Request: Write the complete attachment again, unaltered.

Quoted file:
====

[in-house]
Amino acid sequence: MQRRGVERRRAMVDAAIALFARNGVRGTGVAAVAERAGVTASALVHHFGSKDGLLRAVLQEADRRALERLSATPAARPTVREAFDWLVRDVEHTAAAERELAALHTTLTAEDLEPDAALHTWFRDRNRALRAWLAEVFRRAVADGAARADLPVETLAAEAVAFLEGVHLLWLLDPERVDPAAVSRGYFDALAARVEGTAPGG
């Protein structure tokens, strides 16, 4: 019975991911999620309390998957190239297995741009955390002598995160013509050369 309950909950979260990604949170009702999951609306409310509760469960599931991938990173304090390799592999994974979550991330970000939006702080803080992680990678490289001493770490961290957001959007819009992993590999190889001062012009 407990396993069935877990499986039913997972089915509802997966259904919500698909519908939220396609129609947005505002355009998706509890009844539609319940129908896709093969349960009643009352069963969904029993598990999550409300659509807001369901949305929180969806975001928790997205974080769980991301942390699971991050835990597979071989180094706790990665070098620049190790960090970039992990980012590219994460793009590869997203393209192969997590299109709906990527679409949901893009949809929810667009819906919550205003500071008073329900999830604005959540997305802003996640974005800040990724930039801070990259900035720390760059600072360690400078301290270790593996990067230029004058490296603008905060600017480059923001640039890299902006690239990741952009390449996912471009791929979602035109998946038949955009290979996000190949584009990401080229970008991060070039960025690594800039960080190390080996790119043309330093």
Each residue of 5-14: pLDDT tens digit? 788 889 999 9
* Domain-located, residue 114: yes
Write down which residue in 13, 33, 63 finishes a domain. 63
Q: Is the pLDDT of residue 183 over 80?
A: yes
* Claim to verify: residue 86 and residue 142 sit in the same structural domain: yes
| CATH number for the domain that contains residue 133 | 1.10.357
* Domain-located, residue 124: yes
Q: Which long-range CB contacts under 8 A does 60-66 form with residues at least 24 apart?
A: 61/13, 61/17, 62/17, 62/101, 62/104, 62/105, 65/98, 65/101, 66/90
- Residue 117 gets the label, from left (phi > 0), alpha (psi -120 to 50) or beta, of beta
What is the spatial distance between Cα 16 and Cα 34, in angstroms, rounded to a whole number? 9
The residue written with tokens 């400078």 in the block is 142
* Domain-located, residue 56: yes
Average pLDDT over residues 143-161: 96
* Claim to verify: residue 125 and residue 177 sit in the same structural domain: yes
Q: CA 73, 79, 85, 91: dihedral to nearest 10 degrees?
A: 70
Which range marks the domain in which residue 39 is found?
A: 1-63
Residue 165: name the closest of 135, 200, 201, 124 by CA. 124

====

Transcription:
[in-house]
Amino acid sequence: MQRRGVERRRAMVDAAIALFARNGVRGTGVAAVAERAGVTASALVHHFGSKDGLLRAVLQEADRRALERLSATPAARPTVREAFDWLVRDVEHTAAAERELAALHTTLTAEDLEPDAALHTWFRDRNRALRAWLAEVFRRAVADGAARADLPVETLAAEAVAFLEGVHLLWLLDPERVDPAAVSRGYFDALAARVEGTAPGG
């Protein structure tokens, strides 16, 4: 019975991911999620309390998957190239297995741009955390002598995160013509050369 309950909950979260990604949170009702999951609306409310509760469960599931991938990173304090390799592999994974979550991330970000939006702080803080992680990678490289001493770490961290957001959007819009992993590999190889001062012009 407990396993069935877990499986039913997972089915509802997966259904919500698909519908939220396609129609947005505002355009998706509890009844539609319940129908896709093969349960009643009352069963969904029993598990999550409300659509807001369901949305929180969806975001928790997205974080769980991301942390699971991050835990597979071989180094706790990665070098620049190790960090970039992990980012590219994460793009590869997203393209192969997590299109709906990527679409949901893009949809929810667009819906919550205003500071008073329900999830604005959540997305802003996640974005800040990724930039801070990259900035720390760059600072360690400078301290270790593996990067230029004058490296603008905060600017480059923001640039890299902006690239990741952009390449996912471009791929979602035109998946038949955009290979996000190949584009990401080229970008991060070039960025690594800039960080190390080996790119043309330093």
Each residue of 5-14: pLDDT tens digit? 788 889 999 9
* Domain-located, residue 114: yes
Write down which residue in 13, 33, 63 finishes a domain. 63
Q: Is the pLDDT of residue 183 over 80?
A: yes
* Claim to verify: residue 86 and residue 142 sit in the same structural domain: yes
| CATH number for the domain that contains residue 133 | 1.10.357
* Domain-located, residue 124: yes
Q: Which long-range CB contacts under 8 A does 60-66 form with residues at least 24 apart?
A: 61/13, 61/17, 62/17, 62/101, 62/104, 62/105, 65/98, 65/101, 66/90
- Residue 117 gets the label, from left (phi > 0), alpha (psi -120 to 50) or beta, of beta
What is the spatial distance between Cα 16 and Cα 34, in angstroms, rounded to a whole number? 9
The residue written with tokens 């400078």 in the block is 142
* Domain-located, residue 56: yes
Average pLDDT over residues 143-161: 96
* Claim to verify: residue 125 and residue 177 sit in the same structural domain: yes
Q: CA 73, 79, 85, 91: dihedral to nearest 10 degrees?
A: 70
Which range marks the domain in which residue 39 is found?
A: 1-63
Residue 165: name the closest of 135, 200, 201, 124 by CA. 124